July 5th, 2012

Teleology in Science

by Max Andrews

Many scientists believe teleology involves human action. The role of necessity and contingency are vital. Phrases like, “In order to…” and “It just so happens that…” are contingencies.  Before proceeding I’ll make a quick distinction between metaphysics and epistemology. Metaphysics includes being and becoming. Each have respective higher and lower forms. Being’s higher form is beauty, justice, etc. The lower form is triangularity, humanity, etc. Becoming’s higher and lower are sensible things and images, respectively. Epistemology includes knowledge and opinion. Knowledge pertains to understanding and reasoning. Opinion refers to perception and imagination.

Teleology refers to final causation.  Aristotle’s science included four different causes: material, formal, efficient, and final. For instance, consider a marble statue of a man. The material cause is the stuff, the marble.  The formal cause is the whatness/sort, the statue.  The efficient cause is that which brings it into being, the sculptor.  The final cause is the end purpose, David.

Can teleology simply be an implication? Information has origin in mind but we know minds act in accordance to purpose, thus teleology is an implication and not a direct conclusion.  Natural causation cannot bring about directionality or intentionality. Many philosophers of science, i.e. Alex Rosenberg, want to get us as close to nomic necessity as possible. Simply put, many philosophers, including Rosenberg, believe efficient causation is not satisfying.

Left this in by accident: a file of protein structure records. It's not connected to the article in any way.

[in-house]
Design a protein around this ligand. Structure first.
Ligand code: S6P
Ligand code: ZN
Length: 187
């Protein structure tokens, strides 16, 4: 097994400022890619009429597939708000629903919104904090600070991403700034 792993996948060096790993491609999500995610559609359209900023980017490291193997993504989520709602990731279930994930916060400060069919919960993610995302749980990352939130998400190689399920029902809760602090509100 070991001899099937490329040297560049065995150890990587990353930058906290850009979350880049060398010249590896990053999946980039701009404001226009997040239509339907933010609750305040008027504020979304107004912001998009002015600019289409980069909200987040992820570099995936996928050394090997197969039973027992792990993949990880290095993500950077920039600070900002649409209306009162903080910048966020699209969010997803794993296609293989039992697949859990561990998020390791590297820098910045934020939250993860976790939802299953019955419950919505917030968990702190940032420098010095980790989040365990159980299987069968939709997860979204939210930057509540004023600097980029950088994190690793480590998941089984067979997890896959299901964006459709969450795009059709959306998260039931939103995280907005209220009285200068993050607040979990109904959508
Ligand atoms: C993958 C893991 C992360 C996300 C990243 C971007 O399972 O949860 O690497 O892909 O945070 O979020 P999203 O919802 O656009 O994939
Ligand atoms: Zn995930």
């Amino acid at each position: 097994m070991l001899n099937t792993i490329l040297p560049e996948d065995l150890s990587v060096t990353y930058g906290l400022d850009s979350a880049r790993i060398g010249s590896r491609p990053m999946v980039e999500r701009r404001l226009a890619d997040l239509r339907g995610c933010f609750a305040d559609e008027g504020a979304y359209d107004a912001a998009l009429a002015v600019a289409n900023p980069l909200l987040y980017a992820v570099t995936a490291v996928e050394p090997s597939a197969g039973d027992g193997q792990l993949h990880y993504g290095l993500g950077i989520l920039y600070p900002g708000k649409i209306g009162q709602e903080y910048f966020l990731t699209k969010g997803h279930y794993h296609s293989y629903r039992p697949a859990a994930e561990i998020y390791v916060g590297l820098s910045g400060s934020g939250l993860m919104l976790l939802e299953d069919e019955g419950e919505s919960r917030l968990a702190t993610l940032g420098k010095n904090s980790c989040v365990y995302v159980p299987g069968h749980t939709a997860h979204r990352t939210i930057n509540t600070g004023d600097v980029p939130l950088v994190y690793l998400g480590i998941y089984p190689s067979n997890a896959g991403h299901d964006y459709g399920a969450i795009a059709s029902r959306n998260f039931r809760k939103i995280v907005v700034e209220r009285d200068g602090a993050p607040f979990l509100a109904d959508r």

June 12th, 2012

Alex Rosenberg on Whether Philosophy Emerges from Science

by Max Andrews

Rosenberg breaks questions into two orders: first order questions and second order questions.  First order questions are normative.  This asks, “What is a number?”, “What is the nature of the abstract?”, “What is time?”, and “What is justice?” The questions are typically associated with what are now considered to be metaphysical, axiological, and aesthetic questions.  The second order questions ask, “What are the appropriate methods for science?”, “How does this work?”, “What cause could produce such and effect?”, and “How does science apply in this circumstance?”

There are two types of explanation: philosophical explanation and scientific explanation.  The philosophical explanation takes many forms.  Some Platonist philosophers treat the claims of science as truths to be discovered whereas others treat science as a human institution, something invented as a mode of discovery and to organize our experiences and enhance our technological control of nature.  Philosophical explanations, according to Rosenberg, are merely questions left unanswered and are only secondary to scientific explanations.  Scientific explanations attempt to make an objective relation between facts and/or statements that we set out to discover.[1]